EXAMPLE 2

Preparation of 6-chloro-4-iodo-2-(ethoxymethoxy)-3-hydroxymethylpyridine

To a solution of 2.5M n-butyllithium (2.2 mL, 5 mmol) in 20 mL of THF at -10 C. was added 0.94 g 2-chloro-6-(ethoxymethoxy)pyridine (5 mmol) dropwise over 2 min. The reaction mixture was stirred for 10 min. at -10 C., then cooled to -23 C. and 0.72% N-formyl-N,N',N'-trimethylethylenediamine) was added. After stirring at -23 C. for 30 min., n-butyllithium (2.5M, 3 mL, 7.5 mmol) was added dropwise and the dark reaction mixture was stirred at -23 C. for 4 hr. The mixture was transferred via a double-tipped meedle to a solution of 1.9 g of iodine (7.5 mmol) in 10 mL of DME and 10 mL of THF at -78 C. After stirring at -78 C. for 30 min., the cooling bath was removed. 0.3 g of solid sodium borohydride (8 mmol) was added to the red mixture. 10 mL of water was added dropwise with vigorous stirring. After 30 min., the mixture was extracted with three 20 -mL portions of EtOAc. The combined organic layers were washed with 20 mL of 10 percent sodium thiosulfate solution, water and brine. After drying over sodium carbonate, the solvents were removed under reduced pressure to yield the 1.3 g of crude product, which was purified by radial PLC (10% EtOAc/hexane) to give 0.7 g (40%) of pure product as a white solid, mp 43-44 C. 1 H NMR (300 MHz, CDCl3) δ 7.43 (s, 1 H), 5.62 (s, 2 H), 4.79 (s, 2 H), 3.78 (q, 2 H, J=7.1 Hz), 2.24 (brd, 1 H), 1.26 (t, 3 H, J=7.1 Hz). 13 C NMR (75 MHz, CDCl3) δ 158.9, 147.8, 127.3, 124.7, 113.5, 92.0, 66.0, 63.2, 15.0. Analysis Calculated for C9 H11 ClNO3 : C, 31.47; H, 3.23; N, 4.08. Found: C, 31.68; H, 3.28; N, 4.13.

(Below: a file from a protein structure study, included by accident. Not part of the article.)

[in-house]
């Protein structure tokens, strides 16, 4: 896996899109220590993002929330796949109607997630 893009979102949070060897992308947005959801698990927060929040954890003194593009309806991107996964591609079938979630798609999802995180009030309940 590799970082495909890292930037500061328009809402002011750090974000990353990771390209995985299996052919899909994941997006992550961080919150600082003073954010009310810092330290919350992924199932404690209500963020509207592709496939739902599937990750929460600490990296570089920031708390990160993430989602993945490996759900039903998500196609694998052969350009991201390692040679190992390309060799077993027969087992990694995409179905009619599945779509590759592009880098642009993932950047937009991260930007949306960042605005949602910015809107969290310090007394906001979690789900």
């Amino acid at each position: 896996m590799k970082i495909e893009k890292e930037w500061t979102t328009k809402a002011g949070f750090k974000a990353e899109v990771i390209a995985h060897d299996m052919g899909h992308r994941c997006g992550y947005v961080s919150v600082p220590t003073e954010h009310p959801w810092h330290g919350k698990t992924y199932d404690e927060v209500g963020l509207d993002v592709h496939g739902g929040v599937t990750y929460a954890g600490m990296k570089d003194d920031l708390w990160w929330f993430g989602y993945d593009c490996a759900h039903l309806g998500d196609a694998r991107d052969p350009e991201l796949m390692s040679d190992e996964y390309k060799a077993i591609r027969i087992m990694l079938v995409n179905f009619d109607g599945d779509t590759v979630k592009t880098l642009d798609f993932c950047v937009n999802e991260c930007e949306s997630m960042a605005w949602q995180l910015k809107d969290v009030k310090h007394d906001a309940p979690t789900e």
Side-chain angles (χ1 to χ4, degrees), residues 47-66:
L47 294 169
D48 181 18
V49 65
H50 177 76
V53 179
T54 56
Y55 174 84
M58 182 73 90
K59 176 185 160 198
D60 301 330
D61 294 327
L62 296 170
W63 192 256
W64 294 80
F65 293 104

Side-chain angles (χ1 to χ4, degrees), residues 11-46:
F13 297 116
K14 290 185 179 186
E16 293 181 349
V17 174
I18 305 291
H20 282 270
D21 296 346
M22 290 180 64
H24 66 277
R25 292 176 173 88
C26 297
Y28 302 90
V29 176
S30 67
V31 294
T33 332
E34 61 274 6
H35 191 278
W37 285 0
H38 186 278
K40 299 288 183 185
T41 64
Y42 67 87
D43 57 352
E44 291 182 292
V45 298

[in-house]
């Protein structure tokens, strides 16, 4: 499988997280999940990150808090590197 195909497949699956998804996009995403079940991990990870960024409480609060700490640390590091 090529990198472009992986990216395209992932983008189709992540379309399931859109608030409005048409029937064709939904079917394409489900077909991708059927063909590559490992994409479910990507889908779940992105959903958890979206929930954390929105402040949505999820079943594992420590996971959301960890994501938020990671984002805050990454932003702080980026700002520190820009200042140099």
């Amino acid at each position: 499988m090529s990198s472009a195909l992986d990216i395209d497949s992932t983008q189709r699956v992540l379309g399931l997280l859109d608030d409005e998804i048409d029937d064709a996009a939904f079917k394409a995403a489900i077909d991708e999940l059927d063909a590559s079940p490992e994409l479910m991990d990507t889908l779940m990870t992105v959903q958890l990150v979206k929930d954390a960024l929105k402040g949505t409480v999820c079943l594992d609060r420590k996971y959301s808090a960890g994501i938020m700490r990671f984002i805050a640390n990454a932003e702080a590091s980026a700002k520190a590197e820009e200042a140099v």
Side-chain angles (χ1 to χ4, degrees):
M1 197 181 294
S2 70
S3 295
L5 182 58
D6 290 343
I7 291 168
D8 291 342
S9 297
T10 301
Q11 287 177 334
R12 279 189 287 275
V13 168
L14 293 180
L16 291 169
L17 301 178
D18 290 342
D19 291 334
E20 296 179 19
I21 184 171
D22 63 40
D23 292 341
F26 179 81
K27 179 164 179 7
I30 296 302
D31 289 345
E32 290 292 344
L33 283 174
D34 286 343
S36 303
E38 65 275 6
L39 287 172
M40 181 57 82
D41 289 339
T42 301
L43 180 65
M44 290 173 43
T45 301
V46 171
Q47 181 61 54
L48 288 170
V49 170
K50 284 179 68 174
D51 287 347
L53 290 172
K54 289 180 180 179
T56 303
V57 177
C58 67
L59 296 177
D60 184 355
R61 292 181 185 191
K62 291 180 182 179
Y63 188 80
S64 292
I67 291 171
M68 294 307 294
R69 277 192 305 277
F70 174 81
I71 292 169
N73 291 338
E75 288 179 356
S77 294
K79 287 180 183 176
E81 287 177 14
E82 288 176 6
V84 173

EXAMPLE 3

Preparation of 2,3-(6-chloro-4-iodopyridyl)1,3-dioxane

To a solution of 900 mg of 6-chloro-4-iodo-3-(ethoxymethoxy)-3-hydroxymethylpyridine (2.6 mmol) in 30 mL of methylene chloride at room temperature was added 0.64 mL boron trifluoride etherate (5.2 mmol). The mixture was stirred for 10 hrs at room temperature and quenched with saturated sodium bicarbonate solution. The organic layer was separated and the aqueous layer was extracted with two 10-mL portions of methylene chloride. The combined organic layers were washed with water and brine. After drying over sodium carbonate, the solvents were evaporated and the residue was recrystallized from methylene chloride/hexane to give 0.51 g (65%) of product as white needles, mp 142-144 C. 1 H NMR (300 MHz, CDCl3) δ 7.44 (s, 1 H), 5.34 (s, 2 H), 4.66 (s, 2 H). 13 C NMR (75 MHz, CDCl3) δ 158.1, 148.5, 127.3, 118.2, 108.0, 92.4, 70.3. Analysis Calculated for C7 H.sub. 5 ClNO2 : C, 28.26; H, 1.69; N, 4.71. Found: C, 28.33; H, 1.66; N, 4.71.

EXAMPLE 4

Preparation of Enantiopure 2,3-(6-chloro-4-pyridyl)1,3-dioxane